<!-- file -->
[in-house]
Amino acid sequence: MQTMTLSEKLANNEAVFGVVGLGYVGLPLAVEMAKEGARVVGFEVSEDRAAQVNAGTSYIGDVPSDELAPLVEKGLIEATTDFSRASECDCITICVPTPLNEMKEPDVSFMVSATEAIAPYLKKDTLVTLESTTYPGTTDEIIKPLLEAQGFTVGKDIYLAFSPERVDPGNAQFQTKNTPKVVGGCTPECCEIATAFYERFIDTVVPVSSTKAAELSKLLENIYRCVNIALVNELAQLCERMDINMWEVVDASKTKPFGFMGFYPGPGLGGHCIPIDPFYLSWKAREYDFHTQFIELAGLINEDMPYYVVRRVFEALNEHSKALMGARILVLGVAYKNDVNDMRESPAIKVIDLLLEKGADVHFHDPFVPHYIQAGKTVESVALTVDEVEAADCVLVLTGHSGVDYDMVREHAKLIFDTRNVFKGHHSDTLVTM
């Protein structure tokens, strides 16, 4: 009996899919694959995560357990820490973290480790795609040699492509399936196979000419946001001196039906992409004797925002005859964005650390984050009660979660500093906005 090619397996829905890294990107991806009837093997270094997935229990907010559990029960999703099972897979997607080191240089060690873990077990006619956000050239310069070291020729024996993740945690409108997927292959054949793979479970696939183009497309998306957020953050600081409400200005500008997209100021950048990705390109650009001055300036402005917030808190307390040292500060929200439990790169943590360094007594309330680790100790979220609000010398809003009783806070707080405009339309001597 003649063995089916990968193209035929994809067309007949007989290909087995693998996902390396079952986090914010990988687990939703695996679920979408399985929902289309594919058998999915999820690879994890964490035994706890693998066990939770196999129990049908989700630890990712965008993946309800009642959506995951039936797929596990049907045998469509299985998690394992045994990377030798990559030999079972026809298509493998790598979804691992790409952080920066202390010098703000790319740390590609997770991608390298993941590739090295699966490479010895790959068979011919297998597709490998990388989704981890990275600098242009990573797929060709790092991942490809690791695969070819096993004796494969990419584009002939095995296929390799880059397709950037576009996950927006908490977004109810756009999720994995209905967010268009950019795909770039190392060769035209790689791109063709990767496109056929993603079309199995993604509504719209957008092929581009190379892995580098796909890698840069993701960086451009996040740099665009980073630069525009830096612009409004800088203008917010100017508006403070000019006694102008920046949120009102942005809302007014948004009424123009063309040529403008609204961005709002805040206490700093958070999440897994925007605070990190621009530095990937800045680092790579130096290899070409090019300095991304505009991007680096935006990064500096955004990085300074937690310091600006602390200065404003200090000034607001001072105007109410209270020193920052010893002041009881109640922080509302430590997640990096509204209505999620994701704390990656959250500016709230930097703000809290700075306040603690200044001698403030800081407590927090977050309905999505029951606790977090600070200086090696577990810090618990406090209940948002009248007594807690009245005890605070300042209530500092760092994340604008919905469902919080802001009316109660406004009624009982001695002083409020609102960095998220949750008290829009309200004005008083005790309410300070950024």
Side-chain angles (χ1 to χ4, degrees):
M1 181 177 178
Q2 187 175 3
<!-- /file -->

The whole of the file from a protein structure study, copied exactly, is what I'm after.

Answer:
[in-house]
Amino acid sequence: MQTMTLSEKLANNEAVFGVVGLGYVGLPLAVEMAKEGARVVGFEVSEDRAAQVNAGTSYIGDVPSDELAPLVEKGLIEATTDFSRASECDCITICVPTPLNEMKEPDVSFMVSATEAIAPYLKKDTLVTLESTTYPGTTDEIIKPLLEAQGFTVGKDIYLAFSPERVDPGNAQFQTKNTPKVVGGCTPECCEIATAFYERFIDTVVPVSSTKAAELSKLLENIYRCVNIALVNELAQLCERMDINMWEVVDASKTKPFGFMGFYPGPGLGGHCIPIDPFYLSWKAREYDFHTQFIELAGLINEDMPYYVVRRVFEALNEHSKALMGARILVLGVAYKNDVNDMRESPAIKVIDLLLEKGADVHFHDPFVPHYIQAGKTVESVALTVDEVEAADCVLVLTGHSGVDYDMVREHAKLIFDTRNVFKGHHSDTLVTM
């Protein structure tokens, strides 16, 4: 009996899919694959995560357990820490973290480790795609040699492509399936196979000419946001001196039906992409004797925002005859964005650390984050009660979660500093906005 090619397996829905890294990107991806009837093997270094997935229990907010559990029960999703099972897979997607080191240089060690873990077990006619956000050239310069070291020729024996993740945690409108997927292959054949793979479970696939183009497309998306957020953050600081409400200005500008997209100021950048990705390109650009001055300036402005917030808190307390040292500060929200439990790169943590360094007594309330680790100790979220609000010398809003009783806070707080405009339309001597 003649063995089916990968193209035929994809067309007949007989290909087995693998996902390396079952986090914010990988687990939703695996679920979408399985929902289309594919058998999915999820690879994890964490035994706890693998066990939770196999129990049908989700630890990712965008993946309800009642959506995951039936797929596990049907045998469509299985998690394992045994990377030798990559030999079972026809298509493998790598979804691992790409952080920066202390010098703000790319740390590609997770991608390298993941590739090295699966490479010895790959068979011919297998597709490998990388989704981890990275600098242009990573797929060709790092991942490809690791695969070819096993004796494969990419584009002939095995296929390799880059397709950037576009996950927006908490977004109810756009999720994995209905967010268009950019795909770039190392060769035209790689791109063709990767496109056929993603079309199995993604509504719209957008092929581009190379892995580098796909890698840069993701960086451009996040740099665009980073630069525009830096612009409004800088203008917010100017508006403070000019006694102008920046949120009102942005809302007014948004009424123009063309040529403008609204961005709002805040206490700093958070999440897994925007605070990190621009530095990937800045680092790579130096290899070409090019300095991304505009991007680096935006990064500096955004990085300074937690310091600006602390200065404003200090000034607001001072105007109410209270020193920052010893002041009881109640922080509302430590997640990096509204209505999620994701704390990656959250500016709230930097703000809290700075306040603690200044001698403030800081407590927090977050309905999505029951606790977090600070200086090696577990810090618990406090209940948002009248007594807690009245005890605070300042209530500092760092994340604008919905469902919080802001009316109660406004009624009982001695002083409020609102960095998220949750008290829009309200004005008083005790309410300070950024």
Side-chain angles (χ1 to χ4, degrees):
M1 181 177 178
Q2 187 175 3